ROGERSVILLE — During their September meeting, the Hawkins County Commission unanimously voted to give each local fire department an additional $4,000 for the 2019-2020 fiscal year.
The resolution was introduced by Mike Herrell and Danny Alvis and applies to all 12 fire departments that receive funding from the Commission—both city and county. This will raise the Commission’s annual funding for county fire departments from $19,110 to $23,110 and city departments from $17,150 to $21,150.
This comes to a total of $48,000. Though the additional funding is tentatively planned only for this year, there is also a chance it could become a regular occurrence, as Mike Herrell noted that the idea will be “looked at each budget year.”
Where will this money come from?“In 2018, Hawkins County dedicated $10 of the wheel tax to be used as a dedicated revenue stream for public safety funds and/or purchases,” Herrell read from his resolution. “Hawkins County fire departments are eligible to be funded from this reserve…”
Herrell’s resolution explained that this $48,000 will come from the aforementioned reserve. However, Budget Committee Chairman John Metz noted that there was only $28,336 in this reserve “that is allocated and designated for that particular expenditure.” Thus, he explained that roughly $20,000 would need to be pulled from a different area of the budget, the undesignated fund balance.
“Are you saying that we’re going to pull that additional funding out of the fund balance?” Metz asked Herrell. “Keep in mind that, during the budget process, all the motions collectively to cut expenditures was $22,500,” Metz said. “That was 0.13 percent of all expenditures…and now we’re going to turn around and spend an extra $20,000 out of the general fund for this?”
“Is there 5.8 million in the unassigned fund balance?” Herrell asked in response. “Couldn’t we just take a little bit there and give the fire departments the money?”
To this, several Commissioners spoke up in favor.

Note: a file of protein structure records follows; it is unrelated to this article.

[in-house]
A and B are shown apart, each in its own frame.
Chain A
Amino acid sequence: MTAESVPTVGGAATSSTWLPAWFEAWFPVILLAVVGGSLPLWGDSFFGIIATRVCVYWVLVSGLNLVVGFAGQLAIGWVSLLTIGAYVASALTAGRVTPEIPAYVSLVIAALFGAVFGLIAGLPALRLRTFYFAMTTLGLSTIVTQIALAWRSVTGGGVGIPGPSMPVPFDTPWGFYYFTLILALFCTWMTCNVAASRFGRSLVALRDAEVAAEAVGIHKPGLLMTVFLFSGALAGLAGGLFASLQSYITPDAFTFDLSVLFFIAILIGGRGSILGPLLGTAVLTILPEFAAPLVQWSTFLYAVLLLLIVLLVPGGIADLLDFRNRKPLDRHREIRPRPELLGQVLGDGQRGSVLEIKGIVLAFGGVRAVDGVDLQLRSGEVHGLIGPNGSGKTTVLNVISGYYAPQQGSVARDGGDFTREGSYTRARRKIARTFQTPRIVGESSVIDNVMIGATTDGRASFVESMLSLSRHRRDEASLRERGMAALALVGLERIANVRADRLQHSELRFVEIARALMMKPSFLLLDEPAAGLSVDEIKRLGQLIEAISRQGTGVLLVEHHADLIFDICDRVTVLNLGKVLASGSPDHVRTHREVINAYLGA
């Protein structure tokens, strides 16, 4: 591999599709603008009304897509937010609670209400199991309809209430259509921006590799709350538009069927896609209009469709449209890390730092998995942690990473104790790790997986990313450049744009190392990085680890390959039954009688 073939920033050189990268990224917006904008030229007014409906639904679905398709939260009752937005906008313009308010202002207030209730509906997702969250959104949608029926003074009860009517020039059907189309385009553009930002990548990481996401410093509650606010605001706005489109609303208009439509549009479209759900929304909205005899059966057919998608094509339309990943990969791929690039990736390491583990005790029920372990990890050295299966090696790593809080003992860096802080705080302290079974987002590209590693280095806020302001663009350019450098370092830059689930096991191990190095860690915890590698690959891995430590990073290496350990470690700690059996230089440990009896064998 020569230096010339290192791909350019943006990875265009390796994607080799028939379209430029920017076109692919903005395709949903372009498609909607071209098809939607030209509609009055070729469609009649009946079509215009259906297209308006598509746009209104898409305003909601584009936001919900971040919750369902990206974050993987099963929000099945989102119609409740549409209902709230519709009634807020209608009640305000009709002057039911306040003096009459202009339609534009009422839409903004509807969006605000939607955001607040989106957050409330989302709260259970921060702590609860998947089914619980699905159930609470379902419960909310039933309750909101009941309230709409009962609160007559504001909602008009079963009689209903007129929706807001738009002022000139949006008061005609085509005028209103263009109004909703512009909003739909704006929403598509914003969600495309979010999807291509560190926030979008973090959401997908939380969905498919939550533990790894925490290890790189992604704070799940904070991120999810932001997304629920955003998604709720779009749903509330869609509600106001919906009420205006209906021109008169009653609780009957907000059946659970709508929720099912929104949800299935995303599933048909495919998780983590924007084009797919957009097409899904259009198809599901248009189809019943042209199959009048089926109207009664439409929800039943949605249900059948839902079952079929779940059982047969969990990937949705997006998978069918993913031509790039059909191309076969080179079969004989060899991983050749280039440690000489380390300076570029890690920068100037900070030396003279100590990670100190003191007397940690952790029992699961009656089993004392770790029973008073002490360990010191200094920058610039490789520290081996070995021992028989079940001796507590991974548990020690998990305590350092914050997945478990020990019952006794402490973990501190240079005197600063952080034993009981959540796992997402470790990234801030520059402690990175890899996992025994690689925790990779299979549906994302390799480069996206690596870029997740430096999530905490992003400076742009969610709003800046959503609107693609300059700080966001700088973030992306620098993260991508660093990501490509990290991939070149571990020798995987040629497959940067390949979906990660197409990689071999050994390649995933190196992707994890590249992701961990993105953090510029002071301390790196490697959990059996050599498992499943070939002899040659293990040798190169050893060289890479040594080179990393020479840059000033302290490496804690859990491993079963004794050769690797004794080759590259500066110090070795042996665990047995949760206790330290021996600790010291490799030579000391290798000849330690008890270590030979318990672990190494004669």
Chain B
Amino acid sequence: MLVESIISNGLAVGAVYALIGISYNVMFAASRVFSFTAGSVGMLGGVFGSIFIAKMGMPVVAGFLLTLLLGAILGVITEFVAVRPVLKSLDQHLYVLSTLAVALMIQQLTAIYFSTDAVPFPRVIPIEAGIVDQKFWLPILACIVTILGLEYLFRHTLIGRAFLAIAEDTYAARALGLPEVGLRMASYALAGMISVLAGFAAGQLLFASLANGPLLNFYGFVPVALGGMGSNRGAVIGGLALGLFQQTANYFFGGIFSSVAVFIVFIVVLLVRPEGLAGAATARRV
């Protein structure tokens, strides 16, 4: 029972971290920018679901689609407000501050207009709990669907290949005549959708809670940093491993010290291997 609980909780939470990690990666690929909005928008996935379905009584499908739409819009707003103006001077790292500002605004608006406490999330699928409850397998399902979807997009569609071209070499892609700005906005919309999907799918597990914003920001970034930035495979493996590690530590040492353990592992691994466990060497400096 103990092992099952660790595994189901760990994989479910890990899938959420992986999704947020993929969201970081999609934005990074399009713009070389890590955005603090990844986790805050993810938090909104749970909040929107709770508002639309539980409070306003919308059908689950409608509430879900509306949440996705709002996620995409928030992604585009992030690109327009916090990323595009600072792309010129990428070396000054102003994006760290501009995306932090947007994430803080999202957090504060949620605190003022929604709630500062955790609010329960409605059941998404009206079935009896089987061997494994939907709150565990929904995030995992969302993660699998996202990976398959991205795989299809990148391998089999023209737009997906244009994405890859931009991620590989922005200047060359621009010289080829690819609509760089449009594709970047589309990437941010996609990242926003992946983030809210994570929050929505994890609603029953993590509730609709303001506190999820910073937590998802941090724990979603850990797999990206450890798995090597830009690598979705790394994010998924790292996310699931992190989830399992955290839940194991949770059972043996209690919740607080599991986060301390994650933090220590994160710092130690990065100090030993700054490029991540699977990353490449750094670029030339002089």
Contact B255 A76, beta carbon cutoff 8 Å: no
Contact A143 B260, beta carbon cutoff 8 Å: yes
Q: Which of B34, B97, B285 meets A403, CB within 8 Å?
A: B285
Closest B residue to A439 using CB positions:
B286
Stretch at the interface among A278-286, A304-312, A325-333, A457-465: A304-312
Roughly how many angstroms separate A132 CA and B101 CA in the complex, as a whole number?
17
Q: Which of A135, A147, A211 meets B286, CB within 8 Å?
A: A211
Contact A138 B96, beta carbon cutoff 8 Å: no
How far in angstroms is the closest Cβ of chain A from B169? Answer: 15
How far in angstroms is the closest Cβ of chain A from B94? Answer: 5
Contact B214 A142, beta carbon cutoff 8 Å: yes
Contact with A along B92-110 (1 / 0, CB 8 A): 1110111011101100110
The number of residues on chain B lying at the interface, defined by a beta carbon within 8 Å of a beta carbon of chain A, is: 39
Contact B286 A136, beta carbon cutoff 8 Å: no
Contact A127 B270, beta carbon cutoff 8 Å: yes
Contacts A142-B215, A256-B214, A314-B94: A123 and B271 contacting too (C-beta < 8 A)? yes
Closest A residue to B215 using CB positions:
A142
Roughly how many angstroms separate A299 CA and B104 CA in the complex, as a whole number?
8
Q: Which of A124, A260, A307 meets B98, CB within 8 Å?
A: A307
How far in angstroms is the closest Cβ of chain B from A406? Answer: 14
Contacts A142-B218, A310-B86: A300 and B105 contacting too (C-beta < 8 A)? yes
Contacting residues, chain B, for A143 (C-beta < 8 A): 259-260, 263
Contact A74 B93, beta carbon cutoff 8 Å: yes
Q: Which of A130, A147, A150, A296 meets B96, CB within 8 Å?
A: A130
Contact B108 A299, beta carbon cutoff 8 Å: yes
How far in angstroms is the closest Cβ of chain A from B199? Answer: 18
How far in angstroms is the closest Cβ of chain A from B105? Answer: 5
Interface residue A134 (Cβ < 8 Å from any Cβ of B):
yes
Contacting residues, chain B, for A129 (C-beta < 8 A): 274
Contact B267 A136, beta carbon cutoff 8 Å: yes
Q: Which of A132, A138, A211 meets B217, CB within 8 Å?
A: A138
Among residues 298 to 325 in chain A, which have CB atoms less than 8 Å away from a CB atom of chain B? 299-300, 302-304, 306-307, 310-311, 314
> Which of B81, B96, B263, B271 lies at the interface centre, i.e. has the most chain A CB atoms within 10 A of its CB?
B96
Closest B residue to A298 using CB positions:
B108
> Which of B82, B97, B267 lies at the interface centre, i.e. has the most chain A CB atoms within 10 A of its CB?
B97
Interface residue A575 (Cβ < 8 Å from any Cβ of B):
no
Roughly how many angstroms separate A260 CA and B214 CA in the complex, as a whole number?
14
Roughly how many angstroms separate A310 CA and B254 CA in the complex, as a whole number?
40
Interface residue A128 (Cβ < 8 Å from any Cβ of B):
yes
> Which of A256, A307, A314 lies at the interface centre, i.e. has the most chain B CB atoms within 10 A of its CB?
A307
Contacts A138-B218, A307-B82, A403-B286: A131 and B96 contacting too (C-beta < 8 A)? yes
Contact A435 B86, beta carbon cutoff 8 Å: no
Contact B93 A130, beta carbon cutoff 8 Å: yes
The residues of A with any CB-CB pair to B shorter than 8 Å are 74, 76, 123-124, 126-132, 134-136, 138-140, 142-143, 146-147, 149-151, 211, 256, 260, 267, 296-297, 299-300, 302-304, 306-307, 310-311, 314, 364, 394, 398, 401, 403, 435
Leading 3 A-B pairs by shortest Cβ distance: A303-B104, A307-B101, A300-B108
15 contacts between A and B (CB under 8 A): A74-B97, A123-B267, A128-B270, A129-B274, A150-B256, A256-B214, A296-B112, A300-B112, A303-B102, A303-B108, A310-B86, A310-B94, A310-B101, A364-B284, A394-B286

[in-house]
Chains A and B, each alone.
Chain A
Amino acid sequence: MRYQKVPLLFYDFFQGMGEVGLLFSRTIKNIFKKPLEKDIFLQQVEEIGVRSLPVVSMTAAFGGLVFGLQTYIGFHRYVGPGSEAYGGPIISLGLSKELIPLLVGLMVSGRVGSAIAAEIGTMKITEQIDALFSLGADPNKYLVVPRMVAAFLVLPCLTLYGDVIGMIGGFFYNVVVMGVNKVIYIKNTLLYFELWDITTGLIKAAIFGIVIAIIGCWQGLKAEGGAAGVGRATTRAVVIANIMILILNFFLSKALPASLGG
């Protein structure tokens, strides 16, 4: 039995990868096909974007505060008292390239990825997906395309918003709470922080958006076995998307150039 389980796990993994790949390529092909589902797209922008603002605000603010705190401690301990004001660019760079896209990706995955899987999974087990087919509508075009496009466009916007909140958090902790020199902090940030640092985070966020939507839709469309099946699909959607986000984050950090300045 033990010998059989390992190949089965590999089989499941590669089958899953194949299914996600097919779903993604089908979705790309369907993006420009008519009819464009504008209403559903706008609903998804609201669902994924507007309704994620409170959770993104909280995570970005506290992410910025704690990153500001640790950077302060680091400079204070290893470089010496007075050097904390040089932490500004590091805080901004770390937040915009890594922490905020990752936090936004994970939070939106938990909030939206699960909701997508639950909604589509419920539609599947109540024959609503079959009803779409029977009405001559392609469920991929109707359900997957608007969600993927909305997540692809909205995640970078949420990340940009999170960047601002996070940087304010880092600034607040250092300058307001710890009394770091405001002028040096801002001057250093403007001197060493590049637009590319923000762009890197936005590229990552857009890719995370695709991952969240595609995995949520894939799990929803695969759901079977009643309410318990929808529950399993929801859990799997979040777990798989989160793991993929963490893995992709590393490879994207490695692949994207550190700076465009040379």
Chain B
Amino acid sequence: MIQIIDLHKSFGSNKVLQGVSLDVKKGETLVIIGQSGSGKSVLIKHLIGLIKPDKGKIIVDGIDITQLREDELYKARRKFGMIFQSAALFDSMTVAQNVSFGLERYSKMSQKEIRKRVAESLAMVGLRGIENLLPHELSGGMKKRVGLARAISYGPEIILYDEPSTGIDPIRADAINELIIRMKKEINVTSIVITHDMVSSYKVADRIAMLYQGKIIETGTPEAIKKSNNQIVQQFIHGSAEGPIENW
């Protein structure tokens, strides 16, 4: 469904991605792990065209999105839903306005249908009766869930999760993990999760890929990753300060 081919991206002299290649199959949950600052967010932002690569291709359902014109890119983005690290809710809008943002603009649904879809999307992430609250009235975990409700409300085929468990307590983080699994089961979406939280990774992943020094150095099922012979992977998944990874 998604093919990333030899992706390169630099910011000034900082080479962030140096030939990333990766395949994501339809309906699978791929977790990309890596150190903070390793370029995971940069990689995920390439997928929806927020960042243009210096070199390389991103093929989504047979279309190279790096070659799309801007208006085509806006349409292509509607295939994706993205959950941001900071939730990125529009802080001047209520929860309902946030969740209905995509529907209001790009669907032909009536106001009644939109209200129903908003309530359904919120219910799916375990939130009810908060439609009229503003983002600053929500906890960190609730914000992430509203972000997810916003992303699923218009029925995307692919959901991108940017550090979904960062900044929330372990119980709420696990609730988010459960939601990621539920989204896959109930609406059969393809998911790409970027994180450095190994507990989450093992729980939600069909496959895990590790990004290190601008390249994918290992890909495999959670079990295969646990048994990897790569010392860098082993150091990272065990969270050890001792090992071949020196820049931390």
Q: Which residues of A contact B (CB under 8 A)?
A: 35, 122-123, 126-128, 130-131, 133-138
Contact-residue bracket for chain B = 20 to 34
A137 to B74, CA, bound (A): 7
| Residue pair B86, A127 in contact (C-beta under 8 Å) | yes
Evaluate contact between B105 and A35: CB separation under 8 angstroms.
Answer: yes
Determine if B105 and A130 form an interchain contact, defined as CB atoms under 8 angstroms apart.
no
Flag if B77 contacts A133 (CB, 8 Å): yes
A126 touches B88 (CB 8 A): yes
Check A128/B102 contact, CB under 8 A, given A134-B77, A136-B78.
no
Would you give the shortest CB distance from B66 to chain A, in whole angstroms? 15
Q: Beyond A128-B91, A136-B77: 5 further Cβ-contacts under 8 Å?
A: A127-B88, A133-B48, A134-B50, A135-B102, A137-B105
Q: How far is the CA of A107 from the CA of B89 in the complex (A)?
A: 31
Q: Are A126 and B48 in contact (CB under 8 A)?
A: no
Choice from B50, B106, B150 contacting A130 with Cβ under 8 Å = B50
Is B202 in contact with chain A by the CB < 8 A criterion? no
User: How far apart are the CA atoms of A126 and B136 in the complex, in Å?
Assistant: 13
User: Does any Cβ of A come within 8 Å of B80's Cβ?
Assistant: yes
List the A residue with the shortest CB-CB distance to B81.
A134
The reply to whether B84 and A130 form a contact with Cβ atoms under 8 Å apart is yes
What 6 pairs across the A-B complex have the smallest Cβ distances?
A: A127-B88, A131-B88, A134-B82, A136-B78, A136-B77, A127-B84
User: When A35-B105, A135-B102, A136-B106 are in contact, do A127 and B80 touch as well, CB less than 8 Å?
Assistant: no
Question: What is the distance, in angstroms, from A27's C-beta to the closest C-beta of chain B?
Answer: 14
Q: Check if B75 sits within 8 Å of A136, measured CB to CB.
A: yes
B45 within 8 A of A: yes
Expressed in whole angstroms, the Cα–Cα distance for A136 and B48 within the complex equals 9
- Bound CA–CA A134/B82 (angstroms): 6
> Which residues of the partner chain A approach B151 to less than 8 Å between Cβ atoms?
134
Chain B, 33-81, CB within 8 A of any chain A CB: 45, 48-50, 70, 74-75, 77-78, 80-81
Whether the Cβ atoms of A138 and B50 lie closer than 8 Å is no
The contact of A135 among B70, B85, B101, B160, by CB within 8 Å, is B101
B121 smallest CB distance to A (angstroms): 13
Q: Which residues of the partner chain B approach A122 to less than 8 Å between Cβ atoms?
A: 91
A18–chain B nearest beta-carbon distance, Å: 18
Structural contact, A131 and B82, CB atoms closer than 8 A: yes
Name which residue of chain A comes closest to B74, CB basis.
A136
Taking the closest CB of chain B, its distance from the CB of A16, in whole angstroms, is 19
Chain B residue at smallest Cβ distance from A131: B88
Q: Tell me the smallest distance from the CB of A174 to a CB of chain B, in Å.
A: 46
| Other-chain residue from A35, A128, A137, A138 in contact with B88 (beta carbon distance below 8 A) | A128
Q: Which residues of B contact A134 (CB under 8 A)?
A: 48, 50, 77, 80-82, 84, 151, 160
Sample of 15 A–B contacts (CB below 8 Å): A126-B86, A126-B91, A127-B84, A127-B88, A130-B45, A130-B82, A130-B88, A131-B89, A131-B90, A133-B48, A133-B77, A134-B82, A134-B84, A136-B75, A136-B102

“That’s the thing — I’ve had the snot beat out of me about ‘cut, cut, cut,’” Metz said. He then referenced Chairman Rick Brewer’s pulled resolution that would have reduced the wheel tax by $10 per car tag, for a total revenue loss of roughly $500,000.
“I’m going say that $20,000 in $18 million expenditures is nothing, but, when I say that, in the next budget committee hearing, I’m going to be told ‘pennies make dollars’ and ‘don’t scoff over a $1,000 cut,’” he continued. “And I don’t. It’s taxpayer money. We should responsible but be logical.”
He went on to make a few amendments to this resolution, stipulating that these funds may only be distributed after all TCA (Tennessee Code Annotated) mandated filings are completed. He also specified that the funds can only be used for capital expenditures.
In the end, everyone voted unanimously in favor of the amended resolution.
Many needs and little moneyThis comes after numerous members of local fire departments told Commission members at a July information session that much of their equipment is old and substandard.
“If everyone in here would be very blatantly truthful, about two-thirds of the fire apparatus that we’ve got in this county should have been taken to the scrapyard 25 years ago,” Goshen Valley VFD Chief told the Commission in July.
Many other local chiefs agreed, saying that they often do not have the money to replace turnout gear as often as the NFPA (National Fire Protection Agency) dictates, and this is a bigger problem than first meets the eye.
“If they (the local fire departments) run over the time limit set by the NFPA, and someone gets hurt, that is the standard that they will be judged by,” Mark Bowery told the Commission in July. Bowery is the regional director of VFIS insurance, which provides insurance to the Hawkins Co. Fireman’s Association. “The NFPA is not a law, but it is the standard that is used all over the United States. If someone gets hurt, they’re going to have a liability — a long liability.”
Jamie Miller Named new EMA DirectorIn related news, EMA Deputy Director Jamie Miller was named EMA Director in light of longtime Director Gary Murrell’s recent resignation.
The Commission voted unanimously in favor of Miller, who officially took on his new title on Oct. 1 after Murrell’s resignation became effective.
“I’ve served in this capacity as deputy director for several years, so I am qualified for the position,” Miller said at the meeting. “I appreciate everybody’s support. I look forward to working with you all (commissioners). I appreciate the county mayor, and I look forward to working with all the agencies present and not present.”